LEWIS et al v. CITY OF PHILADELPHIA et al
MEMORANDUM AND/OR OPINION. SIGNED BY HONORABLE BERLE M. SCHILLER ON 3/3/17. 3/3/17 ENTERED AND COPIES E-MAILED.(kw, )
IN THE UNITED STATES DISTRICT COURT
FOR THE EASTERN DISTRICT OF PENNSYLVANIA
TANYA LEWIS &
CITY OF PHILADELPHIA, et al.,
March 3, 2017
While looking for a burglary suspect, officers of the Philadelphia Police Department
allegedly barged illegally into the home of Tanya Lewis, and battered and detained her son
Timothy Mayhew. When Lewis protested, Officer Alexander Branch arrested her for disorderly
conduct. After a witness cleared Mayhew of any connection with the burglary, Mayhew also
protested his treatment and Sergeant Aaron Farmbry arrested him for disorderly conduct. At trial,
both Lewis and Mayhew were acquitted.
Lewis and Mayhew (together, “Plaintiffs”) sued Officer Branch, Sergeant Farmbry,
twelve unnamed police officers, and the City of Philadelphia for violating their First and Fourth
Amendment rights and for committing various state torts. The City now moves to dismiss
Plaintiffs’ claims against it for failure to state a claim under Federal Rule of Civil Procedure
12(b)(6). Because Plaintiffs’ Complaint does not satisfy the basic requirements of municipal
liability established in Monell v. Dep’t of Soc. Servs. of N.Y. City, 436 U.S. 658 (1978) and its
progeny, the Court will grant the motion.
In December 2014, Lewis was living in her Philadelphia home with her son Mayhew.
(Compl. ¶ 18.) Plaintiffs allege that on December 9, officers of the Philadelphia Police
Department arrived outside Lewis’s home while investigating a burglary that had taken place
several blocks away. (Id. ¶ 19.) Lewis opened her front door to discover numerous police officers
on her street. (Id. ¶¶ 20–22.) An officer stated that they were looking for a black man in a hoodie
who they believed had entered her home. (Id. ¶ 23.) Lewis told the officers that her daughter’s
boyfriend had just returned from getting pizza. (Id. ¶ 24.) Lewis’s daughter and her daughter’s
boyfriend then went outside to speak with the officers, apparently without incident. (Id. ¶ 25.)
Plaintiffs allege that suddenly and without justification, several police officers ran into
Lewis’s home and pointed their guns at Mayhew, who was standing in the living room. (Id.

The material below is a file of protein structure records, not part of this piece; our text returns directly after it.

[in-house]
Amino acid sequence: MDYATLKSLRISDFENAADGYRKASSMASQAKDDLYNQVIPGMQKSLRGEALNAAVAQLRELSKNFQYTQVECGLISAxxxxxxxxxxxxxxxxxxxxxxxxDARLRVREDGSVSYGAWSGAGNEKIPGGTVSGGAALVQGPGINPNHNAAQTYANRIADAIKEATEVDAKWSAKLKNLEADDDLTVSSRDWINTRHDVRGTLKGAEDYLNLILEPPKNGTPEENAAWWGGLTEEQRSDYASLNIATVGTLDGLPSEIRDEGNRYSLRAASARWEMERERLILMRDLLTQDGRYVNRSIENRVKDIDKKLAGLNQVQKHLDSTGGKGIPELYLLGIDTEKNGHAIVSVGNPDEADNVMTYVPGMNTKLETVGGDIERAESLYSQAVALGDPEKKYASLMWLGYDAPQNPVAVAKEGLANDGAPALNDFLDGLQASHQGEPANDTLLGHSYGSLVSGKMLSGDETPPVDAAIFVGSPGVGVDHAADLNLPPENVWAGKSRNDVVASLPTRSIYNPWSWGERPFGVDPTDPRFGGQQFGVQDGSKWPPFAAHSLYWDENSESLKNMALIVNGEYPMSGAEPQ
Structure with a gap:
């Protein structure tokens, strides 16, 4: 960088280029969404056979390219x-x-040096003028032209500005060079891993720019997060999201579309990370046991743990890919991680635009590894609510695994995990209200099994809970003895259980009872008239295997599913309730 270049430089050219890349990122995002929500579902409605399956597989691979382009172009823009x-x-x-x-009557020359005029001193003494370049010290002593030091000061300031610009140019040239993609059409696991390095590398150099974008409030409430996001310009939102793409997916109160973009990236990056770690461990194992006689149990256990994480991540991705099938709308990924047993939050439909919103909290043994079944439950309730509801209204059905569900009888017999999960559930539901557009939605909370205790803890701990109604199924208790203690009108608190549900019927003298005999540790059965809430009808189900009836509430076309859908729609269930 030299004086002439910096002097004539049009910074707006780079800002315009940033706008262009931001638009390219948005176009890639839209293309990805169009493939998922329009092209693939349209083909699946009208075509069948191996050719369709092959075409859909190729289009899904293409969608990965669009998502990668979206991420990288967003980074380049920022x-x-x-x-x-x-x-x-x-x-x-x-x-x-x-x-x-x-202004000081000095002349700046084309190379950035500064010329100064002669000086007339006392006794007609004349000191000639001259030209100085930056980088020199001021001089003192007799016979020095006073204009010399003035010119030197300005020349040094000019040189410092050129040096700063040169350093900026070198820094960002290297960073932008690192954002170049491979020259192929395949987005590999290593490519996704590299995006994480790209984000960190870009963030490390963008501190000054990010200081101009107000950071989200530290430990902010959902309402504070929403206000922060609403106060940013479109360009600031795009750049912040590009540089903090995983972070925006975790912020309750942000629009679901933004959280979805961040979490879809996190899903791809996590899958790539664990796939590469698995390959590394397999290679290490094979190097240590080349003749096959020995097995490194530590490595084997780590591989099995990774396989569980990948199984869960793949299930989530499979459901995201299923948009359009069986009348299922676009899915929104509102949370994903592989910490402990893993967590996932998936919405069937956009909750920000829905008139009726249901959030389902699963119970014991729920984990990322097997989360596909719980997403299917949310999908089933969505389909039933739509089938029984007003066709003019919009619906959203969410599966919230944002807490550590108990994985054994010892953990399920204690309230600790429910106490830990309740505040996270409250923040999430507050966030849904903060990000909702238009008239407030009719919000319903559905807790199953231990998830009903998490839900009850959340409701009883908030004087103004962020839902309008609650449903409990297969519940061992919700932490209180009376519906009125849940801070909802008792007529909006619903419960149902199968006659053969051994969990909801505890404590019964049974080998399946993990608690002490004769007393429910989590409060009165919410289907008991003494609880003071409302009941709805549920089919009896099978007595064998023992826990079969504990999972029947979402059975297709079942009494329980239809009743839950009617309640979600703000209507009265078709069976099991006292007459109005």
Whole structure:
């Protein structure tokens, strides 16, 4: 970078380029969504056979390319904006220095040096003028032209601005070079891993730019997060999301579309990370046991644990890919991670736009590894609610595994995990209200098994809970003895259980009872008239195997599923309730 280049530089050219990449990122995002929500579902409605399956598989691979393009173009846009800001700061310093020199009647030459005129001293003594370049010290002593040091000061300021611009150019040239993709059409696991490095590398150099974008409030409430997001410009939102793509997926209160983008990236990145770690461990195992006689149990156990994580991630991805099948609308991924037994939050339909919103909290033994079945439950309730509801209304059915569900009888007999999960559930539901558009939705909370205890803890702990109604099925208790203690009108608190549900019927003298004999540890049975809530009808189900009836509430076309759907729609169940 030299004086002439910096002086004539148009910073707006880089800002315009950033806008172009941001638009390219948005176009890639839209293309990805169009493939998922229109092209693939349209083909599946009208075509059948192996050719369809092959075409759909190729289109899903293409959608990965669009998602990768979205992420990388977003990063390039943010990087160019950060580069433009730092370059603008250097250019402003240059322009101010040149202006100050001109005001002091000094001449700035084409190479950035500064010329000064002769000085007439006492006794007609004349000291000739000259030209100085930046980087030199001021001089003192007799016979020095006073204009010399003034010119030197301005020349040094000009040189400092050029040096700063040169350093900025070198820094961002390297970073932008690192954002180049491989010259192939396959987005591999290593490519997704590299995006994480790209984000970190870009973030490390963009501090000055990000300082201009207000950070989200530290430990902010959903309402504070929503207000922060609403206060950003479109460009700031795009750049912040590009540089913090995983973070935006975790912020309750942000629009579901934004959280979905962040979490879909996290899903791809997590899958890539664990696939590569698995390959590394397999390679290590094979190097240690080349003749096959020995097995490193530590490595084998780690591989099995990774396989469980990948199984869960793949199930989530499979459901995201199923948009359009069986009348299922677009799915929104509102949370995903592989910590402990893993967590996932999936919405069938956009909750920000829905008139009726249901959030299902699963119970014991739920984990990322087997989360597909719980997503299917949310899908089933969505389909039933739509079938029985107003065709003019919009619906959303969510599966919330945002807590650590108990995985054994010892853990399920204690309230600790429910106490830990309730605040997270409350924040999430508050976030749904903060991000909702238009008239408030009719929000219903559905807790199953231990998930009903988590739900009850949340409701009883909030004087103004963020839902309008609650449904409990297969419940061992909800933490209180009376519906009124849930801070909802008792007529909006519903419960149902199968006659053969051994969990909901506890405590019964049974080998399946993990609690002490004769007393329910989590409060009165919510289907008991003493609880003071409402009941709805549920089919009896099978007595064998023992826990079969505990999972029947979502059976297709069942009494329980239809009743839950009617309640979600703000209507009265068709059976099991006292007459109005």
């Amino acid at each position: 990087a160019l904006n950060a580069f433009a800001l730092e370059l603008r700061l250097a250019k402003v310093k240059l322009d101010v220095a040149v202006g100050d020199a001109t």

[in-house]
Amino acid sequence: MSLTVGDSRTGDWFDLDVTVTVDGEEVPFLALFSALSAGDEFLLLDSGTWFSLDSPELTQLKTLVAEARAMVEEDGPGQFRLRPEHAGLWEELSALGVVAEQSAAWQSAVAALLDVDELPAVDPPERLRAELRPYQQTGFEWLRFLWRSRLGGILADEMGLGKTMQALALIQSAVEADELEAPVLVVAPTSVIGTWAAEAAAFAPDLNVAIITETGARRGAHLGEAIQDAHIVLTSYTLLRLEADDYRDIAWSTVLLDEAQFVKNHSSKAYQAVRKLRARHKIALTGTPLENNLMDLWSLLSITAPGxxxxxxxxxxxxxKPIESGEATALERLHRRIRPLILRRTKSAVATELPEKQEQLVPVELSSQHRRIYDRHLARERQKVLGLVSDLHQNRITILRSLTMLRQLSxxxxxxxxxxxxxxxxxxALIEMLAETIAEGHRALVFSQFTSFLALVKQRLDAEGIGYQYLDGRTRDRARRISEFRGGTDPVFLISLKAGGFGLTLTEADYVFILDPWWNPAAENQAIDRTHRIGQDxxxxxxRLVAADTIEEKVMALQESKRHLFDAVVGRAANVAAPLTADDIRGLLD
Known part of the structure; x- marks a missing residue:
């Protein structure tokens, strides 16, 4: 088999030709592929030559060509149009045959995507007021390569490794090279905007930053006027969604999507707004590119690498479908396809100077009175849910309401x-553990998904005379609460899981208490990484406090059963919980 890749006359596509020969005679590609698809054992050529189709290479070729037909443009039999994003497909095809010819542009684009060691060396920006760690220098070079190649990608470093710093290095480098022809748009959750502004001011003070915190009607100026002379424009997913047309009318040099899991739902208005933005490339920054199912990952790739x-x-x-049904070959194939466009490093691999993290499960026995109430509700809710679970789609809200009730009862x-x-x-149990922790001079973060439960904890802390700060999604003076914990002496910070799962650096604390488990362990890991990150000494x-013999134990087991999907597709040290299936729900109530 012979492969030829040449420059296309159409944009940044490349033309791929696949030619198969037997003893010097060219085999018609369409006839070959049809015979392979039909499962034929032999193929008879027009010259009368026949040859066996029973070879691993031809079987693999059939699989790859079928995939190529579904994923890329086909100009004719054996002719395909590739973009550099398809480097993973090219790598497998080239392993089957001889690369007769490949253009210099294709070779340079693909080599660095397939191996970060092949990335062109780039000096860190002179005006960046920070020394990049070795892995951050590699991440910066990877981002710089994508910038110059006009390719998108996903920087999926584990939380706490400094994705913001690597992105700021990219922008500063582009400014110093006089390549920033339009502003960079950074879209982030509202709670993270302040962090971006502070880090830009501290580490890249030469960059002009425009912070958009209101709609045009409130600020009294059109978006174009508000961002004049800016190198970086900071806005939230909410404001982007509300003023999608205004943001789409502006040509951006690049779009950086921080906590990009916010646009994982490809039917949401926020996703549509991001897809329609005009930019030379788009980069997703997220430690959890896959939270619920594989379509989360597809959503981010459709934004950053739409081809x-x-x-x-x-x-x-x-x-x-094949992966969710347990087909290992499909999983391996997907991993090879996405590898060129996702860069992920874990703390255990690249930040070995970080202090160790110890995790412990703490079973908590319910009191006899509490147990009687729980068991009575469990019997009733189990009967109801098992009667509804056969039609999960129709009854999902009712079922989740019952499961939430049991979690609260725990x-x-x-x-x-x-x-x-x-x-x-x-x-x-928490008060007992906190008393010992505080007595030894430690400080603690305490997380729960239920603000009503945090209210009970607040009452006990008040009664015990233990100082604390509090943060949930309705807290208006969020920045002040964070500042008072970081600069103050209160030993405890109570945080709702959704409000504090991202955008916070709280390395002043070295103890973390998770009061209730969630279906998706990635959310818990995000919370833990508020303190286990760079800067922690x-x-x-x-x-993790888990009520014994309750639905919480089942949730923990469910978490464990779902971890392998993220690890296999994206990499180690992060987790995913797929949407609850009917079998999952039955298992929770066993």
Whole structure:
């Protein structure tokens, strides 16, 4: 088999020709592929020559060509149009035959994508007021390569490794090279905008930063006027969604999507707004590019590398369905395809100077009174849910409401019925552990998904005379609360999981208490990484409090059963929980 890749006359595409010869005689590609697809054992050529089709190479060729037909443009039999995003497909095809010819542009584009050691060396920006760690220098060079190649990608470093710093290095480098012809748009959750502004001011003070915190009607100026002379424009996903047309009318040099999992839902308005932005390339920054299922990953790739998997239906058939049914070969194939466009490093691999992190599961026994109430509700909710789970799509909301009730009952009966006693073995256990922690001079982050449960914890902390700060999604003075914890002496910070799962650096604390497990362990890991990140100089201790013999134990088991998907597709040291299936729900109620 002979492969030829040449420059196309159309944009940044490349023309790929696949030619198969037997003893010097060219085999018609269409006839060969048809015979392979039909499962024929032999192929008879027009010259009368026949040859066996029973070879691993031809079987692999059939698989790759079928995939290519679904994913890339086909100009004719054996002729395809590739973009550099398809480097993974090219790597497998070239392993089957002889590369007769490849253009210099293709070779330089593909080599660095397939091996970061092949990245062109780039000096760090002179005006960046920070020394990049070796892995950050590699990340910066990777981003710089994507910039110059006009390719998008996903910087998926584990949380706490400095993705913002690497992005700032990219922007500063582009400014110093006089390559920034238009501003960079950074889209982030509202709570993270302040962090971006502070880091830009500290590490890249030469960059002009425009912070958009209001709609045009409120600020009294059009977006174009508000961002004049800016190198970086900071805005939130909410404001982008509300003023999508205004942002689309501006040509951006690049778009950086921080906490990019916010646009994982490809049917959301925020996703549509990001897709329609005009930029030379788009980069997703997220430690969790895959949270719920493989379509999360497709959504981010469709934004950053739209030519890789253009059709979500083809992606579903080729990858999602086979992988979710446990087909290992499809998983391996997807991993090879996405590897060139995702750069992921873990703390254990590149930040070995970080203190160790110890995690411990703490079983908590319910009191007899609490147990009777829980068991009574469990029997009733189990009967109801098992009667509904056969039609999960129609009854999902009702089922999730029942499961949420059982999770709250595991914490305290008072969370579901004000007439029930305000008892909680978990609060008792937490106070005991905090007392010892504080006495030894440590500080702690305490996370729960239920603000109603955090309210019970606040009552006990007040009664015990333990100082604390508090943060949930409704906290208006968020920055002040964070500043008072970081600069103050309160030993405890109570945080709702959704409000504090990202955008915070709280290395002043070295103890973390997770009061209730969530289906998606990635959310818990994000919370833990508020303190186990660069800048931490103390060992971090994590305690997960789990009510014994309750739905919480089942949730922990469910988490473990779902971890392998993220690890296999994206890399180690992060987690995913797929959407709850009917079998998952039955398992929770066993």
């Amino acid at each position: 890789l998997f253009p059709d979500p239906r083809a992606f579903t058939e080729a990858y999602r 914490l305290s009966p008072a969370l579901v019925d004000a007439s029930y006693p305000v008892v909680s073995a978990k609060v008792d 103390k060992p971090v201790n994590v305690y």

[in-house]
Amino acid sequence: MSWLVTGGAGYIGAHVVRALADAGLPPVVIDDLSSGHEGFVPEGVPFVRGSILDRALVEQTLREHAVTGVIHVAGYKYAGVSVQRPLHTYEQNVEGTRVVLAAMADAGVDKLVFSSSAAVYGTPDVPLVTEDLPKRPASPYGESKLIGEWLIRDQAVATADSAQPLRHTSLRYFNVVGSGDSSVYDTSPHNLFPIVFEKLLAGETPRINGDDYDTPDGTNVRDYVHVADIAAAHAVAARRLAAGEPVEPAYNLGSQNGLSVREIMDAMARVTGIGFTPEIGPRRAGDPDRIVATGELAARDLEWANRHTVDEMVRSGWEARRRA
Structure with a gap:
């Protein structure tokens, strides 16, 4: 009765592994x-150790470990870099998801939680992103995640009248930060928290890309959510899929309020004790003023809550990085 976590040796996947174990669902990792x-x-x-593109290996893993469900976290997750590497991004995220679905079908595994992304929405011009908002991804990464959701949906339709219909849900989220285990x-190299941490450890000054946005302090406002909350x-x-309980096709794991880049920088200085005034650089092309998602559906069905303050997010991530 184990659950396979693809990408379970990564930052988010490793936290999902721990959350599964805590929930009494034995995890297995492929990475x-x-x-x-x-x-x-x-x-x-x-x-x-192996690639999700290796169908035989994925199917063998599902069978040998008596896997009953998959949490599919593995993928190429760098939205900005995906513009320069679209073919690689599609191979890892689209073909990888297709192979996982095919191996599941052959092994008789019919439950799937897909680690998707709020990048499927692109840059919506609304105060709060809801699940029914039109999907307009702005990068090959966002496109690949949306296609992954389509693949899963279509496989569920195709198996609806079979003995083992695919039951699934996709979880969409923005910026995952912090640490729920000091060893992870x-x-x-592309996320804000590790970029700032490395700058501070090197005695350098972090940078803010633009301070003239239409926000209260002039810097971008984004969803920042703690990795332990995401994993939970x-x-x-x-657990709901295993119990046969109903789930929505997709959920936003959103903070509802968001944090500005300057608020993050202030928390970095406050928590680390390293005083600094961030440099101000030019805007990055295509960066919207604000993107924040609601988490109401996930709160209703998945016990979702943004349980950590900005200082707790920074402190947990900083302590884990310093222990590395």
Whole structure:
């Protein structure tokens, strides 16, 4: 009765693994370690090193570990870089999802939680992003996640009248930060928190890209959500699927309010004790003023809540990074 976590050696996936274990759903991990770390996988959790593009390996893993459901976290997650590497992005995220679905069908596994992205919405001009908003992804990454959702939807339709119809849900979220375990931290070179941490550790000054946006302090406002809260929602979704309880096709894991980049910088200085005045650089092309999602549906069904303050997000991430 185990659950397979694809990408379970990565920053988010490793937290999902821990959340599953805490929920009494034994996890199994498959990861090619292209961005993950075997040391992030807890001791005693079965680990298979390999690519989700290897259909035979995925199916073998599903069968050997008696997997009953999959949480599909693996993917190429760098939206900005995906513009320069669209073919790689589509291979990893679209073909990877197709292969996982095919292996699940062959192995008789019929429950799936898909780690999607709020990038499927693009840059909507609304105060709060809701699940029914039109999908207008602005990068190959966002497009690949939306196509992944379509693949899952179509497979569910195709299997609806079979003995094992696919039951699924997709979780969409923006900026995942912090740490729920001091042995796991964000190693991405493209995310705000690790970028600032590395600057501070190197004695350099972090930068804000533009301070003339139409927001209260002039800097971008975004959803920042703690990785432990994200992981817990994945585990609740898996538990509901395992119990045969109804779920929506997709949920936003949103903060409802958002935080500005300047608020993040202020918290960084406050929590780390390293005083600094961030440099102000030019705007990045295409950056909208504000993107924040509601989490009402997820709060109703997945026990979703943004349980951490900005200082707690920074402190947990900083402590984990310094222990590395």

¶¶ 27–29.) Fearing for his life, Mayhew ran into the cinder-block fenced backyard, where
Plaintiffs allege that several police officers battered him. (Id. ¶¶ 30–33.) The officers then carried
Mayhew to the street, placed him in a police car, and drove him to an in-person identification
related to the burglary. (Id. ¶¶ 35, 41.) After the eyewitness cleared Mayhew of any connection
to the burglary, Mayhew told Sergeant Farmbry that he was upset about his detention and
treatment by the police. (Id. ¶¶ 42–43.) Sergeant Farmbry told Mayhew to stop speaking. (Id.
¶ 44.) When he refused, Sergeant Farmbry arrested Mayhew. (Id. ¶ 45.)
Meanwhile, Lewis had become upset about the officers’ behavior and, after briefly
fainting, questioned the officers about what they were doing to Mayhew. (Id. ¶¶ 34, 36–37.)
Officer Branch told Lewis that she would be arrested if she did not stop speaking. (Id. ¶ 38.)
When she continued to speak, he arrested her. (Id. ¶¶ 39–40.)
Lewis and Mayhew were separately taken to the seventeenth district police station, where
they were both charged with disorderly conduct and issued citations. (Id. ¶¶ 40, 45–47.) Lewis
and Mayhew then allegedly went to a hospital emergency room, where Mayhew was treated for
his injuries. (Id. ¶¶ 48–49.) Soon after, Lewis filed a complaint about the incident with the
Philadelphia Police Department’s Internal Affairs Bureau. (Id. ¶ 50.) At trial two months later,
Judge T. Francis Shields granted a motion for judgment of acquittal for both Lewis and Mayhew.
(Id. ¶¶ 51–56.)
Two years later, Lewis and Mayhew sued Officer Branch, Sergeant Farmbry, twelve
unnamed police officers, and the City of Philadelphia. They allege that the defendant police
officers violated Plaintiffs’ First and Fourth Amendment rights to be free from unlawful search,
unlawful arrest, retaliatory arrest, malicious prosecution, assault, and the use of excessive force.
(Id. ¶¶ 66–70.) They also assert that the officers committed the state law torts of false arrest,
false imprisonment, malicious prosecution, trespass, conversion, assault, and battery. (Id. ¶¶ 72–
73.) In addition, Plaintiffs allege that the City of Philadelphia proximately caused Plaintiffs’